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Green v. Commonwealth, Department of Corrections

United States District Court, Third Circuit

January 28, 2014

TYRONE GREEN, Plaintiff,


CHRISTOPHER C. CONNER, Chief District Judge.

On December 12, 2013, plaintiff Tyrone Green ("plaintiff"), an inmate presently incarcerated in the State Correctional Institution at Forest ("SCI-Forest"), Marienville, Pennsylvania, filed this civil rights complaint pursuant to 42 U.S.C. § 1983. (Doc. 1). Plaintiff seeks to proceed in forma pauperis. (Doc. 3.) Preliminary review of the complaint reveals that plaintiff includes unrelated claims against individuals employed at three separate Pennsylvania State Correctional Institutions. Allowing the pleading to proceed as filed is not in the interest of judicial economy. Consequently, plaintiff will be directed to file an amended pleading which strictly adheres to the mandates of Federal Rule of Civil Procedure, Rule 8, General Rules of Pleading, and Rule 20, Permissive Joinder of Parties.

I. Standards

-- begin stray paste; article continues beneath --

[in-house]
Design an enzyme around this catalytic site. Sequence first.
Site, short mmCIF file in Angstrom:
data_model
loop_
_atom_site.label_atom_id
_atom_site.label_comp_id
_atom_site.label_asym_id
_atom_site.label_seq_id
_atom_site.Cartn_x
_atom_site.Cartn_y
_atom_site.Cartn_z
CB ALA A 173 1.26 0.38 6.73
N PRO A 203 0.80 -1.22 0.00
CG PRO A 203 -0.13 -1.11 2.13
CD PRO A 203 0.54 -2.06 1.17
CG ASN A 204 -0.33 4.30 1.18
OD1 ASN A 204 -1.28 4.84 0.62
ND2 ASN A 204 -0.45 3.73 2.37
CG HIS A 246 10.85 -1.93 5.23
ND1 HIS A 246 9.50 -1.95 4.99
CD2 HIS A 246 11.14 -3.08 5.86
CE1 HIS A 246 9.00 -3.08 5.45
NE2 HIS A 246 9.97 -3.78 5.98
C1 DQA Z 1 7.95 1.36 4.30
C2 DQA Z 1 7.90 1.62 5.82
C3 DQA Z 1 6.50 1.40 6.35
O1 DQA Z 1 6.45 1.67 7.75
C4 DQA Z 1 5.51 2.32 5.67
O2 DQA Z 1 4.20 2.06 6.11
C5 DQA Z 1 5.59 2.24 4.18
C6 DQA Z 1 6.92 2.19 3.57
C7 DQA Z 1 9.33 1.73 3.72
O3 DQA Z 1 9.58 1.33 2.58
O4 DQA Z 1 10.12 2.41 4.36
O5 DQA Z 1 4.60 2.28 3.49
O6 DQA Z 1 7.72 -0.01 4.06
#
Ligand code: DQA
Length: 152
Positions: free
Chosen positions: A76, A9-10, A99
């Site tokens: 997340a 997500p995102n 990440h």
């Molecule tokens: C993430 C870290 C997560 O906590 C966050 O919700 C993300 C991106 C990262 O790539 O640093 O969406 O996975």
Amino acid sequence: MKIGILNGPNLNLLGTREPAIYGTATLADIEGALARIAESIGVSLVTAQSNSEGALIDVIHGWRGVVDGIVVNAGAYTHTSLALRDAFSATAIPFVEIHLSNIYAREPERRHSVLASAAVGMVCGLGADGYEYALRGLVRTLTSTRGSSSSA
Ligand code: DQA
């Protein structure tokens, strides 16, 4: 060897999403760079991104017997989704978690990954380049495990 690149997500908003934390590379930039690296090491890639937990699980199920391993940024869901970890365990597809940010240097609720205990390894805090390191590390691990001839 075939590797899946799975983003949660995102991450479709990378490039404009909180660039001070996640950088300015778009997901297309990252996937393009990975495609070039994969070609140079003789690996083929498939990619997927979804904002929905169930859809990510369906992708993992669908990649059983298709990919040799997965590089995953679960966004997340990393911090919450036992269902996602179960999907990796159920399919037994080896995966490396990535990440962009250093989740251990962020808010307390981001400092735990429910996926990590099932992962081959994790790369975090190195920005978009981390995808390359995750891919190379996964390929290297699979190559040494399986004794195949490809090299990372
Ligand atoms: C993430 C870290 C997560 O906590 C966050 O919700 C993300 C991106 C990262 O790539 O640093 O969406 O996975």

"Pleadings must be construed so as to do justice." FED. R. CIV. P. 8(e). Rule 8(d)(1) states, in pertinent part, that "[e]ach allegation must be simple, concise and direct." Rule 20(a)(2), states that "[p]ersons... may be joined in one action as defendants if: (A) any right to relief is asserted against them jointly, severally, or in the alternative with respect to or arising out of the same transaction, occurrence, or series of transactions or occurrences; and (B) any question of law or fact common to all defendants will arise in the action." FED. R. CIV. P. 20(a)(2). Although Rule 20 is a flexible rule that allows fairness and judicial economy, the rule only permits "joinder in a single action of all persons asserting, or defending against, a joint, several, or alternative right to relief that arises out of the same transaction or occurrence and presents a common question of law or fact." 7 Charles Allen Wright, Arthur Miller & Mary Kay Kane, Federal Practice and Procedure §1652 at 371-72 (1986).